Students seeking an accounting degree online likely already have an established interest in the world of accountancy and finance. There are many distinct roles in this industry, offering students a variety of paths forward. One common role is that of the tax accountant, a professional who focuses on tax regulations, preparing tax returns, providing support during and completing work related to audits, and other similar tasks. Learn more about the tax accountant role, its educational requirements and related salary expectations, potential avenues for growth, and other pertinent information tied to this career path.
Understanding the tax accountant role
Tax accountants often operate in a relatively straightforward manner, at least from a high-level perspective. They advise, support, and perform work for clients who want or need help preparing tax returns and addressing tax audits. Although this description makes it easy to grasp the day-to-day activities of a tax accountant, they must have a deep understanding of relevant tax codes and a desire to learn more to answer questions that arise while preparing returns and addressing audits. In this context, a sense of curiosity and a tendency toward problem solving are both valuable assets. According to PayScale, creativity and resolving problems in the context of preparing tax returns are important as well. While the primary goal for tax accountants is to compile and submit an accurate, compliant, and complete return, there’s a significant amount of emphasis placed on minimizing financial considerations and saving money for clients. That means tax accountants have to consider a number of different approaches to completing a return, using both their strong knowledge of relevant tax codes and the various methods that can be used to fulfill the obligations of a tax return.
Tax accountants also need strong communication skills. Not only do they have to communicate with the individual or business they are working with, in many contexts they also have to share information and collaborate with other tax accountants as well as their managers and supervisors. In some cases, tax accountants may even have to discuss a tax return or audit with local, state, and federal officials.
Organization and information management are additional skills that frequently come into play for tax accountants. Whether they’re working on many projects at once or managing the preparation of one especially complicated and involved return, a combination of accuracy and fast access to relevant information is vital to complete work promptly and with a minimum of errors.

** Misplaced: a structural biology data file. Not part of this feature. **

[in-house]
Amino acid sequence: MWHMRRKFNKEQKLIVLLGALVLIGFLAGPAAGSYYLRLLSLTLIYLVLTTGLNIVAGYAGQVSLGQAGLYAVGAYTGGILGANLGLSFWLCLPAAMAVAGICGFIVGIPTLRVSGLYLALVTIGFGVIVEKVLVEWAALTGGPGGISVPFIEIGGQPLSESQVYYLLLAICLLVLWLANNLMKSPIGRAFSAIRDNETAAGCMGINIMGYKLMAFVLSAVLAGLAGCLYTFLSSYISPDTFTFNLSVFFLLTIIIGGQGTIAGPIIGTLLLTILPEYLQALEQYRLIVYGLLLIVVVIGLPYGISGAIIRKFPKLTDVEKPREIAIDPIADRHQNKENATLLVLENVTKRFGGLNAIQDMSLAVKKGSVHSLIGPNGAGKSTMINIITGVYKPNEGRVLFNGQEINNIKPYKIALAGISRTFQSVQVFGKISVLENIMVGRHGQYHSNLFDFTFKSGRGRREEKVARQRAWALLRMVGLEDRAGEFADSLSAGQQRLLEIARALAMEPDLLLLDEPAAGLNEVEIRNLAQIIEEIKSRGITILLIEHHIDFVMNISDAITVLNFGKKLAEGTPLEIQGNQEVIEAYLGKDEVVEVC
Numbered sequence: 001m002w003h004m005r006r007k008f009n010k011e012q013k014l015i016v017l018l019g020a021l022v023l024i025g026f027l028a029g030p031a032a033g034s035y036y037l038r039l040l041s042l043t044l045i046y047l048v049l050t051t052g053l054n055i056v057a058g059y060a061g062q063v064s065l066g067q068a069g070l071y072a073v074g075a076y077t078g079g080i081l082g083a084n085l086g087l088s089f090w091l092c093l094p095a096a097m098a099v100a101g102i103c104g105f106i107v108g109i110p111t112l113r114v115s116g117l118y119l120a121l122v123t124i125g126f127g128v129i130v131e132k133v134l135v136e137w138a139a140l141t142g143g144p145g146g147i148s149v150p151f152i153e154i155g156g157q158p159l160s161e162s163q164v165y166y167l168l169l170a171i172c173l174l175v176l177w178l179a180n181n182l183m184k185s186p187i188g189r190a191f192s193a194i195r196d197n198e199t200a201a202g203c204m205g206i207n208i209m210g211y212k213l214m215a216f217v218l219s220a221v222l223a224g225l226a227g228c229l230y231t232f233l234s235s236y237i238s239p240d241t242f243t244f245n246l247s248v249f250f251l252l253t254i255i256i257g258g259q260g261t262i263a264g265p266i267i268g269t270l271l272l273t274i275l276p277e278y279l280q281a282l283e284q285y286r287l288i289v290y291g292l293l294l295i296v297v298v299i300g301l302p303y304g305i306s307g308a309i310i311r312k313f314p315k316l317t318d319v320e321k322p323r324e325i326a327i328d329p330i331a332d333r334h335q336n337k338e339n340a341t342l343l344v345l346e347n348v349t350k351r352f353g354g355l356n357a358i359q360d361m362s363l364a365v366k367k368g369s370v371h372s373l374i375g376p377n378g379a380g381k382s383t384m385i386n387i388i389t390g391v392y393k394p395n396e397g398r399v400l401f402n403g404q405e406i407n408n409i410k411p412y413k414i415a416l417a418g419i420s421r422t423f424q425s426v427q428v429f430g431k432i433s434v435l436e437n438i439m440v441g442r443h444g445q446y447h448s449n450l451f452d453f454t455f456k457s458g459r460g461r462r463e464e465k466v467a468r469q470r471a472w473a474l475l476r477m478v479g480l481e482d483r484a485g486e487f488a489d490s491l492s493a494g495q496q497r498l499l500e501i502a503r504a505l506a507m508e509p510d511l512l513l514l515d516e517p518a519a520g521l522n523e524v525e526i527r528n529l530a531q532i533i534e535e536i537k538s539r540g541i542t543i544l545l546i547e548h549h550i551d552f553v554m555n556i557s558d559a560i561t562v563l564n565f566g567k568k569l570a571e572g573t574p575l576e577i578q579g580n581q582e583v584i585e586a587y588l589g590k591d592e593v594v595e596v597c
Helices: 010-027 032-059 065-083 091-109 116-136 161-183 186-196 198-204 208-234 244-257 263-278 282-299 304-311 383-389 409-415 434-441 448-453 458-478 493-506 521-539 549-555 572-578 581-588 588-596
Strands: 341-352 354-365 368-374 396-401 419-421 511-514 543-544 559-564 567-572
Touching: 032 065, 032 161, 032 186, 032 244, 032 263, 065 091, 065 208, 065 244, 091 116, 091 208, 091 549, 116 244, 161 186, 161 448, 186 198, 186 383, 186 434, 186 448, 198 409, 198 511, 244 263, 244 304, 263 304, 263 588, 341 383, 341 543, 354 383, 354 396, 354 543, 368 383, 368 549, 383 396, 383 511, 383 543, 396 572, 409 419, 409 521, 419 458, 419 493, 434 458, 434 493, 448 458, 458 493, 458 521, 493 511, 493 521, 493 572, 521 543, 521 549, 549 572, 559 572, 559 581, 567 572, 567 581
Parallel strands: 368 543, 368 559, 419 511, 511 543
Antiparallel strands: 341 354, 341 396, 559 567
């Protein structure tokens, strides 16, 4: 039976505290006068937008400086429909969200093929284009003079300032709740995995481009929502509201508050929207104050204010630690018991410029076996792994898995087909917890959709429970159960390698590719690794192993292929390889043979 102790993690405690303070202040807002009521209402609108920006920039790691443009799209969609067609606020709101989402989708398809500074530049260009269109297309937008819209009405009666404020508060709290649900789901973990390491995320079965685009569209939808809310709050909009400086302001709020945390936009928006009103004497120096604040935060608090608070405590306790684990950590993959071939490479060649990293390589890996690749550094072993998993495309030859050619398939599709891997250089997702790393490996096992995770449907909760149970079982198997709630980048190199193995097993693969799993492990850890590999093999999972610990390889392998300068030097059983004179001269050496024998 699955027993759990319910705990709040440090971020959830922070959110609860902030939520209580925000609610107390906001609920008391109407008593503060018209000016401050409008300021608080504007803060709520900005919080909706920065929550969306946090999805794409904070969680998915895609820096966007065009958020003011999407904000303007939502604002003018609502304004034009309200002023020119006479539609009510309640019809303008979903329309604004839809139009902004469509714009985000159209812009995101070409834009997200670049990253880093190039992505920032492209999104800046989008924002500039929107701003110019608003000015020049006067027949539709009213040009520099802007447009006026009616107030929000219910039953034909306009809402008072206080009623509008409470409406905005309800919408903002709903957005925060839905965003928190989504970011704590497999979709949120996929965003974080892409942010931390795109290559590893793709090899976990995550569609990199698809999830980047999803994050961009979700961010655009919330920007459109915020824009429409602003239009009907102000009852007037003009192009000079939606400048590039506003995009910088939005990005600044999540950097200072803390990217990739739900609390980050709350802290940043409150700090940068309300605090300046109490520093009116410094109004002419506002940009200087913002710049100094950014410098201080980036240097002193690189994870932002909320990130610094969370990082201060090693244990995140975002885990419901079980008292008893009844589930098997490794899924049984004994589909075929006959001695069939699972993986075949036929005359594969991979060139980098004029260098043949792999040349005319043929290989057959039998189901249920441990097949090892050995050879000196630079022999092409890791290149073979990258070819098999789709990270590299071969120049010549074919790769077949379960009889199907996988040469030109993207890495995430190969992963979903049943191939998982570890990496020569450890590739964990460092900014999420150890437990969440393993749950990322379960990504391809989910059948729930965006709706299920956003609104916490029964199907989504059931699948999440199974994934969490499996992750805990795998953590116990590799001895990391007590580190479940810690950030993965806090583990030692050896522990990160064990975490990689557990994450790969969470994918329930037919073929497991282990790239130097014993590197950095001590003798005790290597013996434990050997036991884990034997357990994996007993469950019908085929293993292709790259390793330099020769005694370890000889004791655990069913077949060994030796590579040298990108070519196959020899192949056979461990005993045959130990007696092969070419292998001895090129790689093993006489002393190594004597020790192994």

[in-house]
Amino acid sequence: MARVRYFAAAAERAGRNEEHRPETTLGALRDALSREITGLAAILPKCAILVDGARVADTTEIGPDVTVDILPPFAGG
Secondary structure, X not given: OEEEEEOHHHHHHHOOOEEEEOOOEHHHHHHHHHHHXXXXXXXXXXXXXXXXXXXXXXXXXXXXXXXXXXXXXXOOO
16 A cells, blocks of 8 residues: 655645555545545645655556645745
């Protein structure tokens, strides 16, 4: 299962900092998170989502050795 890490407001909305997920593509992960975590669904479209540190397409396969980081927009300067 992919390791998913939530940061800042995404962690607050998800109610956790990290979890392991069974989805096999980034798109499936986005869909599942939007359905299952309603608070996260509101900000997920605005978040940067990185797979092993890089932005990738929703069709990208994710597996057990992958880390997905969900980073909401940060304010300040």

Technology skills are another important dimension for tax accountants. Like the majority of professional roles across the modern economy, tax accountants should have a high level of comfort using database and spreadsheet tools like Microsoft Excel. Tracking information efficiently, automating calculations to save time and minimize the chance for human error, calculating different approaches for finalizing returns, and other tasks depend on such tools for both speed and accuracy.
Robert Half, a leading talent recruitment agency in accountancy and a variety of other fields, points out that proficiency with enterprise resource planning software is also an important skill. ERP platforms, which help businesses oversee their operations in real time, track a number of important metrics that may be relevant to tax accountants, such as business spending, resource use, and allocation. Developing a familiarity with key digital tools is just as important as developing a strong understanding of accounting principles and specific tax codes.
Tax accountant salary expectations, job outlook, and education requirements
Tax accountants are categorized as part of the more general accountants and auditors group by the U.S. Bureau of Labor Statistics. Those professionals earned a yearly median salary of $69,350 in 2017, the latest year for which this figure is available, according to the BLS. PayScale’s specific projection for tax accountants was somewhat lower, at $55,822. However, PayScale also notes significant room for salary growth over time. A veteran tax accountant with more than 20 years of experience can see wages reach above $70,000. Wages are likely to rise for many tax accountants over time, assuming strong performance and a generally positive economy. In some cases, tax accountants may have to seek out an internal promotion or a similar position at a new employer to improve their salaries. In a related consideration, a tax accountant’s salary with an associate degree will likely be lower than what is earned with a bachelor’s degree.
PayScale’s lower projection for tax accountants may be due to differing educational requirements, a point that’s important for students seeking a Bachelor of Science in Accounting degree to remember. While a variety of more advanced accounting roles require some form of education past a bachelor’s degree, a professional certification, or both, many tax accountant jobs only require a bachelor’s degree. Such a role is an attractive prospect for students who want to enter the professional field before seeking additional education or professional certification, whether that’s in accounting, a related financial field, or something else entirely.
The job outlook for the general accountant and auditor category is strong, according to the BLS. Accounting degree jobs are expected to grow at a rate of 10% from 2016 to 2026, a pace that is faster than the average for the entire economy. While there may be some variation for the tax accountant field, the enduring need for accountants and lack of any type of comprehensive automated tool to handle this task on the horizon means tax accountants should look forward to strong employment opportunities for some time to come.
Earning an accounting degree online with the University of Alabama at Birmingham
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